Setting up an appointment with Carey was tricky. He is, for one thing, a recluse. On the other hand, as a benched performer, he craves attention. Finally, Romeo Carey, the actor’s [then] 32-year-old filmmaker son, smoothed the path for a series of encounters at the modest Carey family bungalow in the L.A. suburb of El Monte, not far from the Santa Anita racetrack. The neighborhood, quiet and working class, seemed far in psychic miles from Hollywood.
I’ll say it was a gas meeting Carey and get that out of the way. The character and the actor meshed seamlessly, and he responded to my interest like somebody who’d been in solitary and couldn’t stop talking once he started. If he was often over-the-top in his comments, he also seemed painfully insecure, even as his long index finger jabbed the air. He struck me as a man of high ideals, however curious—at once a show-off and a fragile dreamer. He answered my questions perched on a mock throne in his cluttered backyard studio, once again wearing his glittery Sinner costume. To add to the general bizarrerie, Romeo Carey filmed portions of the proceedings for a documentary-in-progress.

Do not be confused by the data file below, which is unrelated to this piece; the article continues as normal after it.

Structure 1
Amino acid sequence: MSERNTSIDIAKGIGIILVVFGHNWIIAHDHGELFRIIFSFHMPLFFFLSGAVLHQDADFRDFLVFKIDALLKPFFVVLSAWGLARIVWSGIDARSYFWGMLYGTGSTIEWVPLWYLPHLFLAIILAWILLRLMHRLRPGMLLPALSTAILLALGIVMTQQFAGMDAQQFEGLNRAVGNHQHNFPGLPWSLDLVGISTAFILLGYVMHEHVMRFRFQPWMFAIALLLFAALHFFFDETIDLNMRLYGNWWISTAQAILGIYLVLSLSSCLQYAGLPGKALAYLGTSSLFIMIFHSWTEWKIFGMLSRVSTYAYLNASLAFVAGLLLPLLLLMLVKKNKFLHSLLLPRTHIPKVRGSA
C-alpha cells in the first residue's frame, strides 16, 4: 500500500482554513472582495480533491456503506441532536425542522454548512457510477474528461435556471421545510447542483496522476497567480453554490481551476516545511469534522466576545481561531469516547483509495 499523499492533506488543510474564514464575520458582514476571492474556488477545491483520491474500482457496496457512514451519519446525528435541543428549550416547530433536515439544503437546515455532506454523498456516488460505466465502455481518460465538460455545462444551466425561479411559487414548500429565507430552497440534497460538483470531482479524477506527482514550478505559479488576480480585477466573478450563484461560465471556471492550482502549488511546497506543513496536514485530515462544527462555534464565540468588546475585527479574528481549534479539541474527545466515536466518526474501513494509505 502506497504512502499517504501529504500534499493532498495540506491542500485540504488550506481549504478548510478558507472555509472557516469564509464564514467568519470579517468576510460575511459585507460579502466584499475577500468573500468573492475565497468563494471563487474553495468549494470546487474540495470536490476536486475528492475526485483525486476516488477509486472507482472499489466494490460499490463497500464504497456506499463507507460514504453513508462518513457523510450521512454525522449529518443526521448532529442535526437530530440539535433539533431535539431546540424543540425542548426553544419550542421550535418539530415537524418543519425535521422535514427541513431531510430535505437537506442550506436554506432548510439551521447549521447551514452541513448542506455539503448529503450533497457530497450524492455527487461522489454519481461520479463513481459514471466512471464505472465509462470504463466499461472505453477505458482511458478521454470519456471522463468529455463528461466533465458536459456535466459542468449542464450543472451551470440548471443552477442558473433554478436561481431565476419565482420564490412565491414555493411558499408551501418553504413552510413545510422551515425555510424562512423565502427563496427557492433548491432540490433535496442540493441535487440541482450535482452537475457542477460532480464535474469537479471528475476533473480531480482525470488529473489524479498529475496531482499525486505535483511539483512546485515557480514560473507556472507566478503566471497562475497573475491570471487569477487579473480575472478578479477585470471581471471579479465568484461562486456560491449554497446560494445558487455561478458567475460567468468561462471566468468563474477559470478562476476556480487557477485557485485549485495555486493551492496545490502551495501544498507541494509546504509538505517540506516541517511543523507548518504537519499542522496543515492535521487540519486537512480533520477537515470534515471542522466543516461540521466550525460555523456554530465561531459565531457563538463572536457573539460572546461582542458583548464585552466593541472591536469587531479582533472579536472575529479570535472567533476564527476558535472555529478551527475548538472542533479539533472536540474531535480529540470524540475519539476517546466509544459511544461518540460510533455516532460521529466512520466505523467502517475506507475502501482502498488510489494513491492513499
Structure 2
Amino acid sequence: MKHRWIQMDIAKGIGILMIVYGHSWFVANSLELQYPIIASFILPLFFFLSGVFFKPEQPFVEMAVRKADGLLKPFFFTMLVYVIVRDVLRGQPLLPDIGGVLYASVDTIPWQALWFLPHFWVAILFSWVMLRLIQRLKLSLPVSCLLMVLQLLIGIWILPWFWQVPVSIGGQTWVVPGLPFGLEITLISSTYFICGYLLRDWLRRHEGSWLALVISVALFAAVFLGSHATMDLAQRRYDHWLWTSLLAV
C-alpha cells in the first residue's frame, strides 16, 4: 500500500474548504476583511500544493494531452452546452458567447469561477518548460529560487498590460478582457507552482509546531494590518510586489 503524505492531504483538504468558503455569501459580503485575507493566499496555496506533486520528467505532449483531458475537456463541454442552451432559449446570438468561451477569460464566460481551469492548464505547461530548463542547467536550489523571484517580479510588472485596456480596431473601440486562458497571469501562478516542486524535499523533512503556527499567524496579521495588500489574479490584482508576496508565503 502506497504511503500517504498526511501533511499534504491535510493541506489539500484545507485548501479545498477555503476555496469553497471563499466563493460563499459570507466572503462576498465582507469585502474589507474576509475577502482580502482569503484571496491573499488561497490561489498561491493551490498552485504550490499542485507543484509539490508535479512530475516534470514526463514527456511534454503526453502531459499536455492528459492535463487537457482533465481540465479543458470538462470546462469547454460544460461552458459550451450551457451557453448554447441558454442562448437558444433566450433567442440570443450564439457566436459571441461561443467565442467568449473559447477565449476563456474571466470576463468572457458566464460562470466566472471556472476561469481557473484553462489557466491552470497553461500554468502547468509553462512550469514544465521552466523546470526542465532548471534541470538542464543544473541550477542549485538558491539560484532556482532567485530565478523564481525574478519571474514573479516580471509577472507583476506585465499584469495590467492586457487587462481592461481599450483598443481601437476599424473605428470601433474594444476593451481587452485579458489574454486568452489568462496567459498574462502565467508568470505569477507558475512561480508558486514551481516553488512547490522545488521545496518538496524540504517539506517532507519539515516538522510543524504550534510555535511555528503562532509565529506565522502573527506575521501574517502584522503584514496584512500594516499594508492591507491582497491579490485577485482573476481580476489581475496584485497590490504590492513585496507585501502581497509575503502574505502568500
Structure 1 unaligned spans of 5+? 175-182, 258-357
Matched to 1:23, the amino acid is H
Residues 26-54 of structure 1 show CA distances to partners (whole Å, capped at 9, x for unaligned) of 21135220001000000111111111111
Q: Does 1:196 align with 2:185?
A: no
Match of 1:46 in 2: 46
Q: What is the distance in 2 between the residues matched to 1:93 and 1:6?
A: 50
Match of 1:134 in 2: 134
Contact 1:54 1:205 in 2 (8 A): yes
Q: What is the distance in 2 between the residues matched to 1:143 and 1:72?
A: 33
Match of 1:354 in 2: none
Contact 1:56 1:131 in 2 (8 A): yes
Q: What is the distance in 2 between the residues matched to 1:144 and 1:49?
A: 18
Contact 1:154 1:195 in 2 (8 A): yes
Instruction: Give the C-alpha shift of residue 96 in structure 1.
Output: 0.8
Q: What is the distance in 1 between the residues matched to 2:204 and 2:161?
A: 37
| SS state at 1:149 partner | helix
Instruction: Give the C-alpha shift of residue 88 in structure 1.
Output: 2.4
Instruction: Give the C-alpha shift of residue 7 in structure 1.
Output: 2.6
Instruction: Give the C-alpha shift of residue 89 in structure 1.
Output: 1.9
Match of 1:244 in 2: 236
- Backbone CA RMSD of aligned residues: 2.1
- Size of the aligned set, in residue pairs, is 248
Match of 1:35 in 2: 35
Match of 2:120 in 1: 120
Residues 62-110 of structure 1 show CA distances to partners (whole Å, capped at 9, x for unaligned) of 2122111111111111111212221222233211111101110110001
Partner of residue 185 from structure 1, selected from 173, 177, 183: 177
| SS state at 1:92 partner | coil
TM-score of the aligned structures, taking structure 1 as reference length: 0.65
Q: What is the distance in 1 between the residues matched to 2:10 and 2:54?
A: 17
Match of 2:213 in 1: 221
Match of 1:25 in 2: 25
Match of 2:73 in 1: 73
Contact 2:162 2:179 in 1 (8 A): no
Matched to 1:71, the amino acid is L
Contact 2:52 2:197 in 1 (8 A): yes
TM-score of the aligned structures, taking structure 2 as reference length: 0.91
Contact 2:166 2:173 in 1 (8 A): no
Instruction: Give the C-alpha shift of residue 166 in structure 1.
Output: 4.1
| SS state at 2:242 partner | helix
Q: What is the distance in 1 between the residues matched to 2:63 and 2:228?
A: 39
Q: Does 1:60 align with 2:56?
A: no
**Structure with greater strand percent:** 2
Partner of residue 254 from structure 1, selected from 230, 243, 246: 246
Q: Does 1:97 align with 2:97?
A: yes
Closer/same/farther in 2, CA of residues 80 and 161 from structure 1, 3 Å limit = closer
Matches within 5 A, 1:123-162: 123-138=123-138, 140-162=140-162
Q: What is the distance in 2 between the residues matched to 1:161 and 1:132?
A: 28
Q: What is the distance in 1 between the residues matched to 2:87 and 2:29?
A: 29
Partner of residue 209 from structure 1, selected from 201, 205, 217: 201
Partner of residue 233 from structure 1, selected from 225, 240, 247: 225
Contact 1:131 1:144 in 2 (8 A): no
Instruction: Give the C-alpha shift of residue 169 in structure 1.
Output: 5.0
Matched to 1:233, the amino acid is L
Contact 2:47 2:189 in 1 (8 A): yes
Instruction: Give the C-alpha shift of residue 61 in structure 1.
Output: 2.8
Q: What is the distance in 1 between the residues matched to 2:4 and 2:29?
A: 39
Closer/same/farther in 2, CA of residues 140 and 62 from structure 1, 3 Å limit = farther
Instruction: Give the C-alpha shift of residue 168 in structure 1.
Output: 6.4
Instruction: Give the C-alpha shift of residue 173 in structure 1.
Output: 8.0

Timothy’s El Monte studio, from Dead Flowers (Vox Populi/Participant Press, 2011)